From: Gordon Lawrence, Stumperlowe View, Sheffield.
ROBERT Reynolds (The Yorkshire Post, March 16) challenges the Government’s economic competence and enumerates some statistics in an attempt to establish his case. Indeed, he regards anyone who believes the coalition is doing a reasonably successful job as a nut case.
I’m afraid, however, it is Mr Reynolds who should be enjoying the services of a head shrinker. In his letter, he never cites the condition of the economy that the Cameron government inherited. Labour sympathisers, for a long time, have been trying very hard to exonerate the Blair/Brown dynasty from culpability in the unmitigated shambles they left. To accuse the Tories of economic failure, I’m afraid, is the equivalent of blaming the Titanic for damaging icebergs.
Robert Reynolds, however, is correct in asserting that the National Debt, the country’s total accumulated debt, has almost doubled since 2010 (£0.76 - £1.74 trillion). The simple reason for this apparently appalling figure is that Labour left a staggering annual deficit of more than £150bn that represented an annual rise of that amount in the National Debt. Naturally, he neglects to mention such a crucial fact. It’s also interesting to record that Gordon Brown more than doubled the National Debt during the last five years of his tenure (£0.33 - £0.76 trillion).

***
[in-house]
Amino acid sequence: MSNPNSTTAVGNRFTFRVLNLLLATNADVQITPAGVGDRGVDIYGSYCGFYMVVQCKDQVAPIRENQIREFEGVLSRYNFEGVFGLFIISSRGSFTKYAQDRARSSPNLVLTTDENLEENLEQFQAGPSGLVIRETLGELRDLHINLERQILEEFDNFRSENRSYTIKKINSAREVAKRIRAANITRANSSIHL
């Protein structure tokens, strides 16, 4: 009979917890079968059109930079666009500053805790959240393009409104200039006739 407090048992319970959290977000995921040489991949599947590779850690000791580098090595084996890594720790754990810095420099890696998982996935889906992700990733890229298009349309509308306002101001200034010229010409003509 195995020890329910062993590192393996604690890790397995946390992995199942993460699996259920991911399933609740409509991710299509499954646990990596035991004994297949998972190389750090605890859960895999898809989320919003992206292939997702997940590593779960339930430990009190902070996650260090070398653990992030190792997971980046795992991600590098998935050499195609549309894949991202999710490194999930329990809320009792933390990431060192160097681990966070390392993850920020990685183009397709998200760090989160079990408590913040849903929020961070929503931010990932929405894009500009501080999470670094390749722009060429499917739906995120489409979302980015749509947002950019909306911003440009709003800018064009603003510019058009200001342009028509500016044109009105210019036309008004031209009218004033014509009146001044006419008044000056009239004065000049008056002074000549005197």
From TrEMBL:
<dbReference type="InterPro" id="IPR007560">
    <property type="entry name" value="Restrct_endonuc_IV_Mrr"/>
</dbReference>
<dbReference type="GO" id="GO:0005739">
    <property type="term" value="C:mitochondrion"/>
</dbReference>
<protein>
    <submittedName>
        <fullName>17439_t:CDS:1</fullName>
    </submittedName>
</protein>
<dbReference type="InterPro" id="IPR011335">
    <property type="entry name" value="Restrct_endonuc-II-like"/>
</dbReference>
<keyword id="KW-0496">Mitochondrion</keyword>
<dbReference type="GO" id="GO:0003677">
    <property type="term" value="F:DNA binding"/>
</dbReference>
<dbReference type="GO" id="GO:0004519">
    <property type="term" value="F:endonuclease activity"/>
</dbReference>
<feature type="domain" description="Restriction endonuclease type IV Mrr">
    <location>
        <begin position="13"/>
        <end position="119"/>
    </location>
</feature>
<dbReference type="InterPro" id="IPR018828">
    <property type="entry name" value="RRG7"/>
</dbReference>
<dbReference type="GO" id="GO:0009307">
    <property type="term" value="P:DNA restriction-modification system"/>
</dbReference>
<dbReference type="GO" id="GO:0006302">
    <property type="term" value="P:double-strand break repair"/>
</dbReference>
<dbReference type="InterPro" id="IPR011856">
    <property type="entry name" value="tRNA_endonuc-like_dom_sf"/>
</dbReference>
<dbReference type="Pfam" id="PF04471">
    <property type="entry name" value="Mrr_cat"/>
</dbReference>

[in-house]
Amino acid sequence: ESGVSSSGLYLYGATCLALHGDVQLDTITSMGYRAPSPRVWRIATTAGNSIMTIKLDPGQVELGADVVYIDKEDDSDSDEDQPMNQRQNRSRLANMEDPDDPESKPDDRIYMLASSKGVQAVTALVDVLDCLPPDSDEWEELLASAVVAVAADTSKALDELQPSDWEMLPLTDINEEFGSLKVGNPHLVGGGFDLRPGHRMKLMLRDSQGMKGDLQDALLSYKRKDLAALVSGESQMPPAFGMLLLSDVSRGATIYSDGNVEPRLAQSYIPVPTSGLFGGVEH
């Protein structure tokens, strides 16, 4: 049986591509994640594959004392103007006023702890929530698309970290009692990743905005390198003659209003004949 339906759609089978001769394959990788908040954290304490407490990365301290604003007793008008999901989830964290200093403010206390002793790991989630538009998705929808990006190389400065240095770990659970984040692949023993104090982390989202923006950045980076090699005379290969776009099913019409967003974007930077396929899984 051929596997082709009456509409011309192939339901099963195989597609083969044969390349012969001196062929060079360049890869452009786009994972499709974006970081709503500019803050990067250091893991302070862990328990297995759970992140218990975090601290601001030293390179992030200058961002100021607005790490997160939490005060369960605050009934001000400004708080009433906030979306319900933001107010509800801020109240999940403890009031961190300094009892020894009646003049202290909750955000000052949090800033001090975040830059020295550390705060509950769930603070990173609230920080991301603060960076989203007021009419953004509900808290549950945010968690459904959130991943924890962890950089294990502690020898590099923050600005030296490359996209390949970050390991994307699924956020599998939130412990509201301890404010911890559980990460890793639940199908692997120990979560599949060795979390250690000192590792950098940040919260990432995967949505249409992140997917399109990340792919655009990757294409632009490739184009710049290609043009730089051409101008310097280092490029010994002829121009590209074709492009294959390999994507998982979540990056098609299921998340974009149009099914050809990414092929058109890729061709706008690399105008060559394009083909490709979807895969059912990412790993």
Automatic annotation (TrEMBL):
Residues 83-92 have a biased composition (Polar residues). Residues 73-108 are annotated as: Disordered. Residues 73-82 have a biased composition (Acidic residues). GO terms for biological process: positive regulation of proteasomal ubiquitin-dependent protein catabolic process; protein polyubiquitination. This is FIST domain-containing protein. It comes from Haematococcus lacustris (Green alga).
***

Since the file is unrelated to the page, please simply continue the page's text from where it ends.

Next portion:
By implementing its so-called austerity programme, the coalition has managed to reduce the key annual deficit from £150bn to about £90bn – a programme that Labour has resisted all the way. The £90bn current deficit is admittedly a big burden and means the National Debt will keep on growing until the Government can reduce the deficit to zero – a tall task. The interest on the £1.4 trillion total debt, as Mr Reynolds observes, is about £40bn per year and constitutes a profound drain on vital government functions. But without the unpopular struggle to reduce the deficit where would we be? Would it be like the 1970s when Labour had to call in the IMF to rescue the economy? Indeed, it’s become almost traditional practice for the Tories to sort out the mayhem left by their left wing rivals.
There’s no doubt Robert Reynolds has quoted accurate figures but by careful selection and excluding essential events he has skilfully, or naively, arrived at a completely false assessment.
In fact, when the other positive factors of Osborne’s economic performance – employment, growth and inflation – are evaluated the UK stands out internationally as a much applauded role model.